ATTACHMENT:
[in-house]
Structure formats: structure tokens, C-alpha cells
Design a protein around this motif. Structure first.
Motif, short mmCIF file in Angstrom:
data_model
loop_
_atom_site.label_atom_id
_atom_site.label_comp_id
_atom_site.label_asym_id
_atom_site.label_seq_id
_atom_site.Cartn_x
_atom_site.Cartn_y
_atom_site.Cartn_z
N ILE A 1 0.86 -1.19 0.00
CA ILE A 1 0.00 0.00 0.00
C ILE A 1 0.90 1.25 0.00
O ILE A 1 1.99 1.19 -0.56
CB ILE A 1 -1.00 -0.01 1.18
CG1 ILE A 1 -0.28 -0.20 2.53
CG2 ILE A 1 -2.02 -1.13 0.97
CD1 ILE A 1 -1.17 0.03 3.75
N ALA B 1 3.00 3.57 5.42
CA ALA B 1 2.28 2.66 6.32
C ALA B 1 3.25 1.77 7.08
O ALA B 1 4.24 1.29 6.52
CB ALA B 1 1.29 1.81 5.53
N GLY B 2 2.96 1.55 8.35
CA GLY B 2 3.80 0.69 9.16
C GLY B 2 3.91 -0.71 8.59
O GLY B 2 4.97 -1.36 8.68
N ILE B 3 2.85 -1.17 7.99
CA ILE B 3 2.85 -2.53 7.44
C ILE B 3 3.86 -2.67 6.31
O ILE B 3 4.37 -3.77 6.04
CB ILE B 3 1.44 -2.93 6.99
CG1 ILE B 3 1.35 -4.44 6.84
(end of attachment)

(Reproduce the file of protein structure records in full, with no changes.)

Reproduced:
[in-house]
Structure formats: structure tokens, C-alpha cells
Design a protein around this motif. Structure first.
Motif, short mmCIF file in Angstrom:
data_model
loop_
_atom_site.label_atom_id
_atom_site.label_comp_id
_atom_site.label_asym_id
_atom_site.label_seq_id
_atom_site.Cartn_x
_atom_site.Cartn_y
_atom_site.Cartn_z
N ILE A 1 0.86 -1.19 0.00
CA ILE A 1 0.00 0.00 0.00
C ILE A 1 0.90 1.25 0.00
O ILE A 1 1.99 1.19 -0.56
CB ILE A 1 -1.00 -0.01 1.18
CG1 ILE A 1 -0.28 -0.20 2.53
CG2 ILE A 1 -2.02 -1.13 0.97
CD1 ILE A 1 -1.17 0.03 3.75
N ALA B 1 3.00 3.57 5.42
CA ALA B 1 2.28 2.66 6.32
C ALA B 1 3.25 1.77 7.08
O ALA B 1 4.24 1.29 6.52
CB ALA B 1 1.29 1.81 5.53
N GLY B 2 2.96 1.55 8.35
CA GLY B 2 3.80 0.69 9.16
C GLY B 2 3.91 -0.71 8.59
O GLY B 2 4.97 -1.36 8.68
N ILE B 3 2.85 -1.17 7.99
CA ILE B 3 2.85 -2.53 7.44
C ILE B 3 3.86 -2.67 6.31
O ILE B 3 4.37 -3.77 6.04
CB ILE B 3 1.44 -2.93 6.99
CG1 ILE B 3 1.35 -4.44 6.84